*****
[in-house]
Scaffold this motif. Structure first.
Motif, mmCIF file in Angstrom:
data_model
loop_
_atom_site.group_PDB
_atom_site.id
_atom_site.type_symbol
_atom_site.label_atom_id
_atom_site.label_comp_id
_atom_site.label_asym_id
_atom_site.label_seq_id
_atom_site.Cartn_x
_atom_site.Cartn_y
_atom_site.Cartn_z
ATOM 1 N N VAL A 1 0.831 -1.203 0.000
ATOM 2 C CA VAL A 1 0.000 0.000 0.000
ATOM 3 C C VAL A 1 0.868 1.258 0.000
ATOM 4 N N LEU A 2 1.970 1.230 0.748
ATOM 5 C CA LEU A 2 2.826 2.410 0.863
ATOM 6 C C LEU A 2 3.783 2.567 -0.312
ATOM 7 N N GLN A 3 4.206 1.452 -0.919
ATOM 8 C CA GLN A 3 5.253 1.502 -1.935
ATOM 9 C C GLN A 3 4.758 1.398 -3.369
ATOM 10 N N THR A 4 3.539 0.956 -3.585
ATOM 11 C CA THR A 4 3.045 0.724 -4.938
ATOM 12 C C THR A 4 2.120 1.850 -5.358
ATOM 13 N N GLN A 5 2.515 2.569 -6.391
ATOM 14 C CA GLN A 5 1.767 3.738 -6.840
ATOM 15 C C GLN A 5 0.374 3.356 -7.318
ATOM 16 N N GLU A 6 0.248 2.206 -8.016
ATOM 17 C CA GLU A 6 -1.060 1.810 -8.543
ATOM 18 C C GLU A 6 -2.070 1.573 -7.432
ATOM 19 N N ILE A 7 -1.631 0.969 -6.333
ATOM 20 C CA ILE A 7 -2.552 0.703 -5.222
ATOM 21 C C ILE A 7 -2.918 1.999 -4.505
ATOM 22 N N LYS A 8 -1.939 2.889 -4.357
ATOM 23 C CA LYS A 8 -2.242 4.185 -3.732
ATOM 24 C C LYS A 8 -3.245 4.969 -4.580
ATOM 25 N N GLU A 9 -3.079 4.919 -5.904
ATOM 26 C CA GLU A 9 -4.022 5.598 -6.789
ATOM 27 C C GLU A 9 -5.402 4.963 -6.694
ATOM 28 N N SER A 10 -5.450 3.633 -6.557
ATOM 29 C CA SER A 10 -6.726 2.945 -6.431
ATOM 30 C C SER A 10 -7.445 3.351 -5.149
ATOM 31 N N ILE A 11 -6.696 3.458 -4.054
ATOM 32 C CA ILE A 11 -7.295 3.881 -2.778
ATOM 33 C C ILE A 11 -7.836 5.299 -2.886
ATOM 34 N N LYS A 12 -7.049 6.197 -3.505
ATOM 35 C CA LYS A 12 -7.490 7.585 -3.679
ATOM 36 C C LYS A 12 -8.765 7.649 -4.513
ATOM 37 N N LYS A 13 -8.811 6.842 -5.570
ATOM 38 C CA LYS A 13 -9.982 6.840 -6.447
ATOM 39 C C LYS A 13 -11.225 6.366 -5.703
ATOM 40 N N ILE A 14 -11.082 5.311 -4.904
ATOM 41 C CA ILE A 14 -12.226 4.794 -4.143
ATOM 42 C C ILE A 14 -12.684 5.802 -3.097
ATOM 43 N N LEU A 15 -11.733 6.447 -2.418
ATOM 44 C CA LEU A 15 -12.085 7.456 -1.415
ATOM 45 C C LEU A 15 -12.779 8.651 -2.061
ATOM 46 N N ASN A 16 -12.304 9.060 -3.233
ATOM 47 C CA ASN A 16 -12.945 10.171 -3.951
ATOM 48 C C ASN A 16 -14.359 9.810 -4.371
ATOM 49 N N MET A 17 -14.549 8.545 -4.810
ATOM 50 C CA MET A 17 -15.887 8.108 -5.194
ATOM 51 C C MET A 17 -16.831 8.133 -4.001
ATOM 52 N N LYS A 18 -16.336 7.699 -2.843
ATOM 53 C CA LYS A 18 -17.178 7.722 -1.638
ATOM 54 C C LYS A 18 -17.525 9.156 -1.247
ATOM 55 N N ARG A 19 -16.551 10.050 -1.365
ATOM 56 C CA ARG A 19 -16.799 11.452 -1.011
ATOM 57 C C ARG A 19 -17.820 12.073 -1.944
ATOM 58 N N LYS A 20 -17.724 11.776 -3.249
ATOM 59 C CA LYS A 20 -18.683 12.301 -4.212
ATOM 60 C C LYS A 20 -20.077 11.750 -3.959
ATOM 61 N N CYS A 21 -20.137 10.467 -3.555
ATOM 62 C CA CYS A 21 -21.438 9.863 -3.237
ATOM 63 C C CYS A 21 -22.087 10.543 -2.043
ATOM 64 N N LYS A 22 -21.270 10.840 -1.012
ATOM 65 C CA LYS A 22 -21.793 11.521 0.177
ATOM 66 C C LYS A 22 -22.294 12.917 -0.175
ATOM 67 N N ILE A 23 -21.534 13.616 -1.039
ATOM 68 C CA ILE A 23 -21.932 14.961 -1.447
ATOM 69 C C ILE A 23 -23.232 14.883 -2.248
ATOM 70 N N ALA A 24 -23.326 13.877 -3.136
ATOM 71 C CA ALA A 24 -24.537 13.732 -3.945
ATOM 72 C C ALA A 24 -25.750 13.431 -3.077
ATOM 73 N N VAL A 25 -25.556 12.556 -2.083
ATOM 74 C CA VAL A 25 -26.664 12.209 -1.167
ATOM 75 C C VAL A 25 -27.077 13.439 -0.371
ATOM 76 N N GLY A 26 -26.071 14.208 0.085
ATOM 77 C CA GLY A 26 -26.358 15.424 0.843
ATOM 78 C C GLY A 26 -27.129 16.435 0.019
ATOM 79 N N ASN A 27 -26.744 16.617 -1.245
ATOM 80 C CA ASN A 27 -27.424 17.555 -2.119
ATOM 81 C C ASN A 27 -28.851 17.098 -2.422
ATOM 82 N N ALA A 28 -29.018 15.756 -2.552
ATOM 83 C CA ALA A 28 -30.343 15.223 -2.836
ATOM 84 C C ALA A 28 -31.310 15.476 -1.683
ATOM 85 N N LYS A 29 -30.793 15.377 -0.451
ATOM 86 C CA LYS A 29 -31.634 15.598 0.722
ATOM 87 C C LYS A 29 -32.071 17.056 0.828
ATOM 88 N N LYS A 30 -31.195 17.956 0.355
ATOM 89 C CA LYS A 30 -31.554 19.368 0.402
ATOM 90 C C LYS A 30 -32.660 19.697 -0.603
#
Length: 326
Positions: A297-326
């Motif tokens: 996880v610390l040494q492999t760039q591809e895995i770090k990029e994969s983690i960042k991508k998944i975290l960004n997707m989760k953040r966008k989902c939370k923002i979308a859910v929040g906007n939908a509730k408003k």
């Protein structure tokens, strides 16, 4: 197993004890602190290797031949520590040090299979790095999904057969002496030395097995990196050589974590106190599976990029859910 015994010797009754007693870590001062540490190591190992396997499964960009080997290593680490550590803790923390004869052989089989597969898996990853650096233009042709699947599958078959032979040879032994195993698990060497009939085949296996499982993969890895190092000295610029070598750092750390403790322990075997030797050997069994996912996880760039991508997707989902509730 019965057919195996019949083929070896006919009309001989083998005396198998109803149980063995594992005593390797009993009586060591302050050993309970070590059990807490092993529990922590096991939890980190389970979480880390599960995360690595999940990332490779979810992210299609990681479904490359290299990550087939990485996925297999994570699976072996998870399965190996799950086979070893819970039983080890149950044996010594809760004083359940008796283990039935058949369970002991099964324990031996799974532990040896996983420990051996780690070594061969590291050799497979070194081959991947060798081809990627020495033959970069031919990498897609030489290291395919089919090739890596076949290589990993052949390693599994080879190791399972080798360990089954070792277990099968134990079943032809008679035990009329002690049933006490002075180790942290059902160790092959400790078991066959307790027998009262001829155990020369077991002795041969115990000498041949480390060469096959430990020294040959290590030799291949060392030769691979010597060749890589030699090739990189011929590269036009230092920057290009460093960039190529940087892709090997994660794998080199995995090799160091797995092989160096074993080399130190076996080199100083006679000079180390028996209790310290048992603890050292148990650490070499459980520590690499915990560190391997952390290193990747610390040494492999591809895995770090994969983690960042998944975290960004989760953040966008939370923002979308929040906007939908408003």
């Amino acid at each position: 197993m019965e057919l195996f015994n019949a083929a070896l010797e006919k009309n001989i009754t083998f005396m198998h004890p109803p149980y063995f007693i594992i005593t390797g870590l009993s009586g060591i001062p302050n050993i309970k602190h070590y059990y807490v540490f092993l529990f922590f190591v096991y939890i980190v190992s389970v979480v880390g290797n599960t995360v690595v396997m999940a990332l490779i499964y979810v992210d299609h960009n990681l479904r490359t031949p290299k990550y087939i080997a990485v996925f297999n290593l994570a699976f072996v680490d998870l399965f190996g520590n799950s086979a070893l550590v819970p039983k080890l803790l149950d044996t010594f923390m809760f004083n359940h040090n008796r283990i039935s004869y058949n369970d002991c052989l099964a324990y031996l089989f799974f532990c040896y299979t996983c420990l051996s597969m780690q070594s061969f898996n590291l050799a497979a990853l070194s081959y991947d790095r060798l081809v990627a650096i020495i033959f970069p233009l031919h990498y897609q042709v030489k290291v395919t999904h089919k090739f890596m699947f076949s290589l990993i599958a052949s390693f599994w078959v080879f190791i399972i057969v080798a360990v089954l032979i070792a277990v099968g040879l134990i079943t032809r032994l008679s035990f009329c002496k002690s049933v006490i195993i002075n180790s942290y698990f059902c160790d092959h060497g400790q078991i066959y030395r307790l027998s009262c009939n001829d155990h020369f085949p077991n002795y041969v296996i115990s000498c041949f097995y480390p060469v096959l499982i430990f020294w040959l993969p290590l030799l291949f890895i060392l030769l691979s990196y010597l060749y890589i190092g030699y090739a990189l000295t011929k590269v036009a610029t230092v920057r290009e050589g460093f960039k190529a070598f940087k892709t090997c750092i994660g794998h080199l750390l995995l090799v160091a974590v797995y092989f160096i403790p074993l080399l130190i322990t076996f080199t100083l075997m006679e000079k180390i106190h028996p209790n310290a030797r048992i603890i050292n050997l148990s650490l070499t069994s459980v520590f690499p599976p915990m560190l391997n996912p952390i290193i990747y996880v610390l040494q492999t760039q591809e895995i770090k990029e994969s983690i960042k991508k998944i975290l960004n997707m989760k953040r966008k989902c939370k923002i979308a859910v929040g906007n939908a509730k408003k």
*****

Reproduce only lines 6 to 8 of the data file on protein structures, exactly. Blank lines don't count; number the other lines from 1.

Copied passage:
_atom_site.group_PDB
_atom_site.id
_atom_site.type_symbol